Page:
Origin: England, ca. 1785. Condition: excellent, minute loss to enamel, sized. Finger Size: 6-1/2. Size: crown, 7/8” x 11/16”. Weight: 5.2 grams.

All Items : Antiques : Decorative Art : Metals : Silver : Continental : Pre 1800 item #1168388
Kensington House Antiques
An extraordinarily fine museum-quality French silver tastevin from the reign of Louis XV. The vessel’s sides are decorated with ornate applied and engraved strapwork alternating with fleurs-de-lys, the symbol of France’s ruling Bourbon dynasty. Rather than the traditional convex base, this tastevin is centered with a rare silver jeton issued by Louis XV to celebrate the birth of his first grandson, Louis-Joseph-Xavier, in 1751. Ornate line engraving and evenly-spaced repousse dimples surround the medal. The whole is raised on a ropetwist foot. The handle, in the form of a pair of intertwined dolphins, the symbol of the “dauphin” or heir to the French throne, is without parallel in any tastevin we’ve seen. The dolphin motif is a reference to the subject matter of the medallion inset into the bottom of the tastevin. The outer edge is engraved “De Melinville 1757”.

As noted previously, the medal inset into the bottom of the tastevin celebrates the birth of Louis XV’s first grandson. He would have inherited the throne ahead of his younger brother, Louis XVI, had he not died at the age of nine after a fall from his hobby horse. The jeton’s obverse, displayed on the interior of the tastevin, depicts Louis XV crowned with a laurel wreath and surrounded by the identifying words “LUD. XV REX CHRISTIANISS” (“The most Christian Louis XV”). The medal is is signed “B. DUVIVIER F.” for Pierre-Simon-Benjamin Duvivier (1730-1819) who later served as Medal Engraver to the King beginning in 1764 and then as France’s 13th “graveur général des monnaies” from 1774 until after the fall of the monarchy in 1791. The medal’s reverse depicts the goddess of childbirth, Lucina, introducing the infant (titled duc de Bourgogne)to the French nation personified as a kneeling maiden. The upper edge reads “PROLE ET PARTU FELIX” (“Announcing the happy birth” and a lower panel explains the reason for the issuance of the jeton, “DUX BURGUNDIAE DELPHINI FIL. LUD. XV NEPOS. NATUS XIII SEPTEMBRIS MDCCLI” (“Duke of Burgundy, son of the Dauphin, son of Louis XV, was born 13 September 1751”).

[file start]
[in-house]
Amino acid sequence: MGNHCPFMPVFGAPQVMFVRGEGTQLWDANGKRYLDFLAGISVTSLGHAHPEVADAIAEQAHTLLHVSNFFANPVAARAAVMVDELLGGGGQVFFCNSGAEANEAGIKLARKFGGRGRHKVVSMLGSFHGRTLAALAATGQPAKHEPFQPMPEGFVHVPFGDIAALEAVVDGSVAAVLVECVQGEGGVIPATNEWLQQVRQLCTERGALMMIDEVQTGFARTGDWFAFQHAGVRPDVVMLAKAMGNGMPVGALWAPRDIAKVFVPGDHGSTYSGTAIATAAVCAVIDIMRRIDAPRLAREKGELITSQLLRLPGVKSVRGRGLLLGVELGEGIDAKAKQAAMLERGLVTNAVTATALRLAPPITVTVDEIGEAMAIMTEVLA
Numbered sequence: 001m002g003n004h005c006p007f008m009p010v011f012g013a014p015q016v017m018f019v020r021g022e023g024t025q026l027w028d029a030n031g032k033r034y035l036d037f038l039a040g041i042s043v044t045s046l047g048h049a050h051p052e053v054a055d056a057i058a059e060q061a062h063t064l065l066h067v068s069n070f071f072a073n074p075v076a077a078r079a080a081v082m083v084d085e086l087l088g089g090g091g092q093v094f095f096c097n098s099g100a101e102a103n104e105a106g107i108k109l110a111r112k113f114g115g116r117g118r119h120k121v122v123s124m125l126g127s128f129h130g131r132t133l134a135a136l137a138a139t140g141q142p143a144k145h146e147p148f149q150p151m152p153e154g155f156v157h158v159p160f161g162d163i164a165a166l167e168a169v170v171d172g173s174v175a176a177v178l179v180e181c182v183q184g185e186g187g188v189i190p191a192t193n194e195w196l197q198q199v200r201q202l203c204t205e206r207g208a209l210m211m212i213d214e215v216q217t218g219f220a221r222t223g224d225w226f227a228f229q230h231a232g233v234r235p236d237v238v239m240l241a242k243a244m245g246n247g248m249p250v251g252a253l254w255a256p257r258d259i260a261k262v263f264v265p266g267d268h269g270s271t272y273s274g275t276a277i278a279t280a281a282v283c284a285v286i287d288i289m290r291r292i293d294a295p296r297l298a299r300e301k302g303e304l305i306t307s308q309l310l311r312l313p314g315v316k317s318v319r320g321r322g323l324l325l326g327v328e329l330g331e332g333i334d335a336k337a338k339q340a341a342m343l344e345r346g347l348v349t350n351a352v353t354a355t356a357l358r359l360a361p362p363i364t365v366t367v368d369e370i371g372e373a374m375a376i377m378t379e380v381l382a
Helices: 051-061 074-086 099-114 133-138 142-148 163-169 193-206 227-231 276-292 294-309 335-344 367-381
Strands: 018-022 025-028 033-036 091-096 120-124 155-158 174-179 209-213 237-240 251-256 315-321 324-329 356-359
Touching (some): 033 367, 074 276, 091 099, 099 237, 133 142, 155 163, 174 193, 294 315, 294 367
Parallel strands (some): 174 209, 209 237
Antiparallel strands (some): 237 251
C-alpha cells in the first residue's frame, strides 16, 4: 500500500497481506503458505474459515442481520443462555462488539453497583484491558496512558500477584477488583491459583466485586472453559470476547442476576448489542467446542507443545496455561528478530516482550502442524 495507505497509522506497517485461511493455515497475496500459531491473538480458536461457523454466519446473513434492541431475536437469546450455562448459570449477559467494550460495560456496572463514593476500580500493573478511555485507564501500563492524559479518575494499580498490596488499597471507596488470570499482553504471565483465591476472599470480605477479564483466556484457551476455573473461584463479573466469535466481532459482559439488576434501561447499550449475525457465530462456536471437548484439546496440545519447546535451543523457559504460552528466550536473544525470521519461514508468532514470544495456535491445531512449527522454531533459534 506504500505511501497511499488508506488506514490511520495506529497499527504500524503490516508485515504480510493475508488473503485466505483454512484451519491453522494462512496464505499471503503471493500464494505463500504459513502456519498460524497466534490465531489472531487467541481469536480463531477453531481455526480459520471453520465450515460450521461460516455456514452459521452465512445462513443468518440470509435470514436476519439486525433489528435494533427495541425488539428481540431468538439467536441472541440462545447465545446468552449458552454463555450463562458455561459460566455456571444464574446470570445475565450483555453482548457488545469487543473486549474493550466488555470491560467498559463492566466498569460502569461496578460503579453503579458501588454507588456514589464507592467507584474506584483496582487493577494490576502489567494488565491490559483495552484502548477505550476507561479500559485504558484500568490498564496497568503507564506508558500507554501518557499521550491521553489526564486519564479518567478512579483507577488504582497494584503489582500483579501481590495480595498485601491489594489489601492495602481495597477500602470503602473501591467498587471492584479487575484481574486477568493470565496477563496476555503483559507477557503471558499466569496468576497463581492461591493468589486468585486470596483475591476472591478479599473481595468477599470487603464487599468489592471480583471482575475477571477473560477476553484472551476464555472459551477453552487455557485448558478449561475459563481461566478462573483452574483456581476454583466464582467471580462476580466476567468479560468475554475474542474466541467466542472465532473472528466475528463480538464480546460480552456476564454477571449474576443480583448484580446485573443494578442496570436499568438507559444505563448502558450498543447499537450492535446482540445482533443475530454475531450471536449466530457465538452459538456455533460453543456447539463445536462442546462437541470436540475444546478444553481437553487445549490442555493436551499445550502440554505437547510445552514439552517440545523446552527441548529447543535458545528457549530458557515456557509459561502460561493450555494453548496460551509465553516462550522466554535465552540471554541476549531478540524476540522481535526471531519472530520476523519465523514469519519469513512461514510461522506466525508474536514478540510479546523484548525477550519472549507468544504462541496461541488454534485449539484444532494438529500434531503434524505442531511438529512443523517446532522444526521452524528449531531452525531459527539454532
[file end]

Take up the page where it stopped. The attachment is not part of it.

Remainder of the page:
Silver dating to the pre-revolutionary “ancien regime” is extremely rare. France’s finances were weak and even the king himself was forced to melt nearly all his silver tableware to pay his debts. Michel Delapierre is among the most reknowned silversmiths of the era, noted for his well-balanced designs and expert craftsmanship. Though he registered his own maker’s mark after completing his apprenticeship in 1737, he preferred to use his father’s mark, even though he had died in 1734. This tastevin bears that mark, a crowned fleur-de-lys, two grains (dots), the initials MDLP and a stone (a clever play on on words since “Pierre” means “stone”).

Delapierre’s work is exceedingly rare, and is represented in major institutional collections by two pairs of candlesticks in the Wentworth Collection at New York’s Metropolitan Museum of Art, a single covered dish at Le Musee du Louvre, and a candlestick and a vinegar bottle in France’s Musee des Arts Decoratifs.

Generally, fine tastevins were engraved at one edge with their original owner’s name. In this case, the tastevin is engraved with the shortened name of the owner “De Melinville”. His full name and title was Armand Francois de la Pierre, Ecuyer, Marquis de Melinville, Seigneur de Talhouet et autres lieux, chevalier de l’ordre militaire de Saint-Louis. It is unlikely but not impossible that the same family name of the silversmith and the Marquis de Melinville is more than a coincidence. The Marquis de Melinville served as a “lieutenant des marechaux de France” and in that role was charged with resolving disputes between men of noble birth for the purpose of avoiding unnecessary duels. In that role, he was assigned to the town of Hennebon, in his native Brittany.

The tastevin bears the master’s mark for Michel Delapierre; the charge mark for Paris (1756-1762); the Paris discharge mark; and the commune mark (“jurande”) for 1757-58.

Origin: France, 1757. Condition: excellent, sharp detail , normal wear the foot, but virtually no wear elsewhere. Size: bowl, 3-1/2” diameter, 1-1/4” high; overall, 3-1/2” x 4-5/8”. Weight: 207.2 grams. Provenance: Robert Lloyd; A Private Collection; S J. Shrubsole.

All Items : Estate Jewelry : Gold : Pre Victorian : Pre 1800 item #1412060
Kensington House Antiques
A wonderful Georgian 18K gold ring featuring a bold royal blue enamel plaque enhanced with a gold and seed pearl applique of a pansy. The blossom is set with a rose cut diamond at the center. The entire plaque is enclosed within a rococo floral border. The shank is decorated with complimentary floral elements. In Georgian jewelry, the pansy was used in jewelry given to loved ones with the sentiment "thinking of you". Tested and guaranteed 18K.
  • Origin: England, ca 1770
  • Condition: very good; enamel has a couple of areas of surface flaking to the uppermost layer of the enamel, so the color remains intact throughout
  • Dimensions: plaque, 1-3/16" x 15/16"
  • Finger Size: 6-1/4
  • Weight: 7.1 grmams
All Items : Antiques : Furnishings : Accessories : Boxes : Pre 1837 VR item #19769
Kensington House Antiques
Lacquer tobbaco or snuff box with faux tortoise finish and brass Maltese cross inlay on the lid.

Origin: England, ca. 1820. Condition: good; some crackling and scratching of lacquer surface; one 1/2" and one 1/8" flake on the bottom. Size: 3-1/2" diam.; 1-5/8" tall.

All Items : Antiques : Decorative Art : Metals : Silver : Sterling : Pre 1837 VR item #21680
Kensington House Antiques
English sterling silver berry spoon dating from the reign of George III. The lobed bowl is decorated with repousse apples, berries and foliage; the handle with bright cut engraving, both added later in the 19th century. (We are also offering another berry spoon by a different silversmith and with a slightly different shape, but with identical decoration. Certainly the two spoons were decorated by the same engraver and repousser.) No monograms or removals. The reverse is clearly hallmarked for London, 1811 and an unidentified maker "SA". Excellent condition; the vermeil bowl has faded to a faint lemon color. 8-1/2" long.